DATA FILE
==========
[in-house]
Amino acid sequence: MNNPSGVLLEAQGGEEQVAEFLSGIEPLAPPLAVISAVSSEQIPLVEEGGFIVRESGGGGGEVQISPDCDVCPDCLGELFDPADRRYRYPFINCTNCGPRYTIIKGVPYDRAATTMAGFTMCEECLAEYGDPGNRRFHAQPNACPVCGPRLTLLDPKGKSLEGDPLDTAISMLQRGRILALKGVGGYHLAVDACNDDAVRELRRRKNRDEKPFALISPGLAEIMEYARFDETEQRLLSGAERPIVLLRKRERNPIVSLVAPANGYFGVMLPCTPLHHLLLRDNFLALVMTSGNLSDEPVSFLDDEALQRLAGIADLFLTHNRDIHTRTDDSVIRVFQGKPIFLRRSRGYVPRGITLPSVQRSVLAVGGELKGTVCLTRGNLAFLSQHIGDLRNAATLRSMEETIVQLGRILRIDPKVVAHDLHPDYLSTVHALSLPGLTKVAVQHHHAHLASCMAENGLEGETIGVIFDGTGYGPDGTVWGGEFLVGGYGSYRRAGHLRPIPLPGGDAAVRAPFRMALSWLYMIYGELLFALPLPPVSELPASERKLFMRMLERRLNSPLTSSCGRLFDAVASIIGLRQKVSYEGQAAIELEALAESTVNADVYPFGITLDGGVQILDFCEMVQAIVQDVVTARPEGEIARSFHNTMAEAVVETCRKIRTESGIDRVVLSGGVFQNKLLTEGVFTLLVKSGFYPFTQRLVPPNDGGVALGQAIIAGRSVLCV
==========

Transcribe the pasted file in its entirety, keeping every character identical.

[in-house]
Amino acid sequence: MNNPSGVLLEAQGGEEQVAEFLSGIEPLAPPLAVISAVSSEQIPLVEEGGFIVRESGGGGGEVQISPDCDVCPDCLGELFDPADRRYRYPFINCTNCGPRYTIIKGVPYDRAATTMAGFTMCEECLAEYGDPGNRRFHAQPNACPVCGPRLTLLDPKGKSLEGDPLDTAISMLQRGRILALKGVGGYHLAVDACNDDAVRELRRRKNRDEKPFALISPGLAEIMEYARFDETEQRLLSGAERPIVLLRKRERNPIVSLVAPANGYFGVMLPCTPLHHLLLRDNFLALVMTSGNLSDEPVSFLDDEALQRLAGIADLFLTHNRDIHTRTDDSVIRVFQGKPIFLRRSRGYVPRGITLPSVQRSVLAVGGELKGTVCLTRGNLAFLSQHIGDLRNAATLRSMEETIVQLGRILRIDPKVVAHDLHPDYLSTVHALSLPGLTKVAVQHHHAHLASCMAENGLEGETIGVIFDGTGYGPDGTVWGGEFLVGGYGSYRRAGHLRPIPLPGGDAAVRAPFRMALSWLYMIYGELLFALPLPPVSELPASERKLFMRMLERRLNSPLTSSCGRLFDAVASIIGLRQKVSYEGQAAIELEALAESTVNADVYPFGITLDGGVQILDFCEMVQAIVQDVVTARPEGEIARSFHNTMAEAVVETCRKIRTESGIDRVVLSGGVFQNKLLTEGVFTLLVKSGFYPFTQRLVPPNDGGVALGQAIIAGRSVLCV